Artificial Intelligence and ethics

When we talk about artificial intelligence and ethics, the challenges always stem from a moral perspective. To some extent, this is undoubtedly true. The vast majority of examples concern morally troubling concerns from the AI’s algorithms. While AI has improved our lives and businesses, it also poses ethical issues that must be addressed.

The National Center for Biotechnology Information (NCBI) published a book in 2021 that discussed the development, implementation, and use of artificial intelligence and ethics-related concerns. In addition, the Gradient Institute produced a white paper in 2019 that outlined the practical obstacles of ethical AI developers in four main categories:

Having The Appropriate Mindset

Artificial intelligence systems deal with data and have no context outside of that data set. AI does not come with a moral compass or any grasp of the consequences of its actions. Unless the designers explain what is fair or unjust, it has no frame of reference. As a result, designers must create a visual depiction of the goal behind a system’s design. This requires identifying, assessing, and measuring ethical factors while balancing them against the system’s performance objectives.

System Design Based On Artificial Intelligence

Bias, causation, and uncertainty should all be considered when developing AI.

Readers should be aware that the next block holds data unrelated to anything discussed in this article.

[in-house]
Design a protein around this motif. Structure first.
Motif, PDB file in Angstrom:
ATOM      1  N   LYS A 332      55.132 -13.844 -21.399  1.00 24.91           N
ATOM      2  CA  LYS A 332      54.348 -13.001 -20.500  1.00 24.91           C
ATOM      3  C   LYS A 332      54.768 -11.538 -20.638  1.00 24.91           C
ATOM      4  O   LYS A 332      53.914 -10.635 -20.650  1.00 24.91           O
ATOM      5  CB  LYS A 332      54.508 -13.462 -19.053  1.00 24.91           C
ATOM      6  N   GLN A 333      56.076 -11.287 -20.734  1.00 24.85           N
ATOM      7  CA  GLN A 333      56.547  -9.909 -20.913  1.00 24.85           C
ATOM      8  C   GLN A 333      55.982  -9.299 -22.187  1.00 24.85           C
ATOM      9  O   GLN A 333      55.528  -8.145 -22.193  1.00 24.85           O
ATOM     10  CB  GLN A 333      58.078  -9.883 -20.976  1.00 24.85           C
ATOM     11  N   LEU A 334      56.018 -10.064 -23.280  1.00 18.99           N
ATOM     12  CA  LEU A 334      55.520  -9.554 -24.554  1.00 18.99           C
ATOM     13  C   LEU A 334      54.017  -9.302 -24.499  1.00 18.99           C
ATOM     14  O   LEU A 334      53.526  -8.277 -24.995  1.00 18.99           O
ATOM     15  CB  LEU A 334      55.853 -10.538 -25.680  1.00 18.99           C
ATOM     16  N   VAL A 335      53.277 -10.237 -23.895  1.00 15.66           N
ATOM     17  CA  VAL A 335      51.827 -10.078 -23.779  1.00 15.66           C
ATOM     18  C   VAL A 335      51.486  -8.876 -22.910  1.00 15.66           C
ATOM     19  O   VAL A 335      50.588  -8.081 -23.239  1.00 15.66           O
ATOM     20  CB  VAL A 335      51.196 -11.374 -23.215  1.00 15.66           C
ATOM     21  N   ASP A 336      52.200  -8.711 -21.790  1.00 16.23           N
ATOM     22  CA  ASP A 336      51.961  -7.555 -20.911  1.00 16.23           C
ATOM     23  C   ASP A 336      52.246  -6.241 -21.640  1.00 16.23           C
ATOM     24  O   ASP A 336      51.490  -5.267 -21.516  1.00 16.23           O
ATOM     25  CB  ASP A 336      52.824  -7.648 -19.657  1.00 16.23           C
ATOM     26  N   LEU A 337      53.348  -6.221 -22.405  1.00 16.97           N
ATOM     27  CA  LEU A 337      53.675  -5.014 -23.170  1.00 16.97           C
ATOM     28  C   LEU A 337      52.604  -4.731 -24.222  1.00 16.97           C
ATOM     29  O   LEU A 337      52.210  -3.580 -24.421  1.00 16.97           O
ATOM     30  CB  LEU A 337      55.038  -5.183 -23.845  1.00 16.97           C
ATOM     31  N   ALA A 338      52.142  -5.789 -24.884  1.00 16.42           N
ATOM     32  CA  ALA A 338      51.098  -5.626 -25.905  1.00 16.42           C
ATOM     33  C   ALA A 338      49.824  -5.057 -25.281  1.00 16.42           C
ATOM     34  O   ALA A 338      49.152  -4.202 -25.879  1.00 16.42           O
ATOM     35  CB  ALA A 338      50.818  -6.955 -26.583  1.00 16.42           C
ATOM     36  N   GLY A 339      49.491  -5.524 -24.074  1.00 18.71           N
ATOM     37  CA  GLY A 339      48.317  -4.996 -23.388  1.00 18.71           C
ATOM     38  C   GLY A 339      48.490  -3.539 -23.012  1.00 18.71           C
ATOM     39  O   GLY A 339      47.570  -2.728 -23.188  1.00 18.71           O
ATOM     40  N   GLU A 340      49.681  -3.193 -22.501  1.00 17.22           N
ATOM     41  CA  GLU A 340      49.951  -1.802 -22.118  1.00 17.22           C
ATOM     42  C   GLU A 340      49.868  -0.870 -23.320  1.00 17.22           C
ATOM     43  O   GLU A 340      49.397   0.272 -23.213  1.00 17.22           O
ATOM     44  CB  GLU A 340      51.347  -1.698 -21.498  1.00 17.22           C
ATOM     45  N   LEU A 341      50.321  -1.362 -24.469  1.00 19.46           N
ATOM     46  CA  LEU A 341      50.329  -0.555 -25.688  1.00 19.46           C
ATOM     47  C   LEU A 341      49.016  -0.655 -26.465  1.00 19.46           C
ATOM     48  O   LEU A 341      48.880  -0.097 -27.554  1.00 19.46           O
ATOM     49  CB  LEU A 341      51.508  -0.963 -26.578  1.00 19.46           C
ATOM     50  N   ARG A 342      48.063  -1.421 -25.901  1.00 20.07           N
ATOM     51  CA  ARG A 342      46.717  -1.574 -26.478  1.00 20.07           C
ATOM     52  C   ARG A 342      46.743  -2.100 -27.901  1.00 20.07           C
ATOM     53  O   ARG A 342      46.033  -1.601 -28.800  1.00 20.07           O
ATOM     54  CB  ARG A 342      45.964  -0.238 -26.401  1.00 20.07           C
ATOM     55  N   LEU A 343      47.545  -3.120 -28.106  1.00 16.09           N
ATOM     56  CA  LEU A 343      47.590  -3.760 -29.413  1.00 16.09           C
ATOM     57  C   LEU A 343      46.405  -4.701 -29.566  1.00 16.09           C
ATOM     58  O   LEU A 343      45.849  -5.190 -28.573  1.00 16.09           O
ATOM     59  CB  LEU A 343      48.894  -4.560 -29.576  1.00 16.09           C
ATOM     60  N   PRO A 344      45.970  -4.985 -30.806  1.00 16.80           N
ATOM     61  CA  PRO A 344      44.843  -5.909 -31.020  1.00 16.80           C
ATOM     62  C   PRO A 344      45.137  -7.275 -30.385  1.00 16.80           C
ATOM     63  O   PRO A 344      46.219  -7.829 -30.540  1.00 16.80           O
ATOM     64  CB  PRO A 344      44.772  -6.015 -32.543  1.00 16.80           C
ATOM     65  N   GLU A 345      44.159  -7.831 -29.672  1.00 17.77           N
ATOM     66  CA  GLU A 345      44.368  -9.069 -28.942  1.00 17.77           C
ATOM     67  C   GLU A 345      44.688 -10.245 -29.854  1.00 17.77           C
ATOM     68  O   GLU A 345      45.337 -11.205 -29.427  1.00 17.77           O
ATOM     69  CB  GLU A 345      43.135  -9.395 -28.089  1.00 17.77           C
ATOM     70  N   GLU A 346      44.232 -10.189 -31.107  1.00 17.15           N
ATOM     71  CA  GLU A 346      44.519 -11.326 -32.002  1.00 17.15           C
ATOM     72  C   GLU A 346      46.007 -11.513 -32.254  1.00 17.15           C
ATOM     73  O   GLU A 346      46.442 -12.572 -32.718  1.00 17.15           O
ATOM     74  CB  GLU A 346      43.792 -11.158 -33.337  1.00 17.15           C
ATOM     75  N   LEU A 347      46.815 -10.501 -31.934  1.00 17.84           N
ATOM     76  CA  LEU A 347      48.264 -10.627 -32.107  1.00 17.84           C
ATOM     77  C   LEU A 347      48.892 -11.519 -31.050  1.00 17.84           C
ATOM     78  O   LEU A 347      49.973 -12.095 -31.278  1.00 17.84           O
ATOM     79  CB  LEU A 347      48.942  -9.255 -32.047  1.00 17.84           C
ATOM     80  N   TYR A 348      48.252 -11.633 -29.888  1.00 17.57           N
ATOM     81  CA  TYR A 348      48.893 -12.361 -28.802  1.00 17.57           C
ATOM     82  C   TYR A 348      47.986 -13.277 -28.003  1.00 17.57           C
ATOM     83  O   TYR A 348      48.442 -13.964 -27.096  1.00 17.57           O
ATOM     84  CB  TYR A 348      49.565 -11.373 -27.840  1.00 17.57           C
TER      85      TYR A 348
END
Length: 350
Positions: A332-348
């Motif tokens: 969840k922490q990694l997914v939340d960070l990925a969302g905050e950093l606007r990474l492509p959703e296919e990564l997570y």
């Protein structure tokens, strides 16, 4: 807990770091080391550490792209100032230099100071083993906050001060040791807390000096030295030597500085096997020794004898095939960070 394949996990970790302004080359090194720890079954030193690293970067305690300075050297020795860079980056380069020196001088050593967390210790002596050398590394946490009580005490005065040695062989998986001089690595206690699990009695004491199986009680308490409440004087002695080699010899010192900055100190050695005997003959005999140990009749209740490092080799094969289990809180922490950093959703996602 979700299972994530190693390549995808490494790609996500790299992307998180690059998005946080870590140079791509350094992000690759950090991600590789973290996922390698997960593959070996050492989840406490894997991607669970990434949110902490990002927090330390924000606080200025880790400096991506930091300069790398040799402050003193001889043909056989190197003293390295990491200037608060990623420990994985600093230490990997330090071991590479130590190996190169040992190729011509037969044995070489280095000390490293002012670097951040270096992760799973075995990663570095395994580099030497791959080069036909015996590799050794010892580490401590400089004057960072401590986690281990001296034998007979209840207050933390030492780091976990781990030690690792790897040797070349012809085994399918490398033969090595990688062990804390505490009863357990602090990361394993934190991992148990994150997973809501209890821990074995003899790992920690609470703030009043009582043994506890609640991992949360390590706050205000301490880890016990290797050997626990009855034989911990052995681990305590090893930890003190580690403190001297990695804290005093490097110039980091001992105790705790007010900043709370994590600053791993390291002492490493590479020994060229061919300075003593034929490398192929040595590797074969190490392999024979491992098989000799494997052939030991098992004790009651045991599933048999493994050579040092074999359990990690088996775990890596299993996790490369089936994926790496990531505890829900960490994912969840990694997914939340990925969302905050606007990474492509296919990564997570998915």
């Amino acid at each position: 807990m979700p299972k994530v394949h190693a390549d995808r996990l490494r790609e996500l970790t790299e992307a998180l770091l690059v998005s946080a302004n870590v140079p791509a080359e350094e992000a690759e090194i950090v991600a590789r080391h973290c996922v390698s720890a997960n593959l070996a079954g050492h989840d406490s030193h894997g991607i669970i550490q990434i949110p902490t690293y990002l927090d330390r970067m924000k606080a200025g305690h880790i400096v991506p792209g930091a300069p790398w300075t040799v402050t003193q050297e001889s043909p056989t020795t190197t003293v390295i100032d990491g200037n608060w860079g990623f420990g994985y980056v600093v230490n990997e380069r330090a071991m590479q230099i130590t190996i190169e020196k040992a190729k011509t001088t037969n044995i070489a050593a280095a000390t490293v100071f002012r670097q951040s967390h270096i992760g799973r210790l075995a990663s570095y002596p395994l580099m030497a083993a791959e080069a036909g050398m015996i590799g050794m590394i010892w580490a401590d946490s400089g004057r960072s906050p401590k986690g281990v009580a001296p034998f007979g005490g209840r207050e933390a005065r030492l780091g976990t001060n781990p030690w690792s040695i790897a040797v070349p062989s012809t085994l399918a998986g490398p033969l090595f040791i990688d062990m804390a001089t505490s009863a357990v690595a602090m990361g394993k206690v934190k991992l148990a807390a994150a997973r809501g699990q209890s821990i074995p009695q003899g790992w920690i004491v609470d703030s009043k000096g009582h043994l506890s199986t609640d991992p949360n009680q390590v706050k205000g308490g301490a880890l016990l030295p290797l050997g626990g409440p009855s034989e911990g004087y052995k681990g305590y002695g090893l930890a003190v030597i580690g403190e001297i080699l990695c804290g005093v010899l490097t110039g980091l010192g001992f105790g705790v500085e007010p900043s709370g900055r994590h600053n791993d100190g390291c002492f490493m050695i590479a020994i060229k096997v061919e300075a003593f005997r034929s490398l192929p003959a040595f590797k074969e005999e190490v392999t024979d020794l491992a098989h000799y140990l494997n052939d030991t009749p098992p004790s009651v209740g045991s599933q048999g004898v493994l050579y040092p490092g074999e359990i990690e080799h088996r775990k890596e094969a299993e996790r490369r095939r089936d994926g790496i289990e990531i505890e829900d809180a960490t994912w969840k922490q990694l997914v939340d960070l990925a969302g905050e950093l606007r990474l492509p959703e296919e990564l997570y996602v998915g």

Biases should be discovered and mitigated or removed from data sets whenever possible. It is critical to eliminate preferences based on gender, ethnicity, country, and other factors, particularly in today’s globalized society. Consider interview processes: if the system ignores gender, it may unfairly penalize a female applicant’s gap in work experience when the gap was due to a legitimate reason, such as caring for her family. Proxy features can be used to help overcome this. Even when protected characteristics like gender are deleted, proxy traits allow information inference.

Training an interview screening model using education data that includes gender information is one example of such features.

However, more than simply data, bias is caused by several other factors that also influence it. There could be cognitive biases on the part of the designers, a lack of complete data, and a lack of diversity of viewpoints among AI experts. Even being fair or unjust is subjective, and various individuals can have different interpretations of the same thing. Model design can potentially introduce bias, and de-biasing data or AI models is a complex undertaking.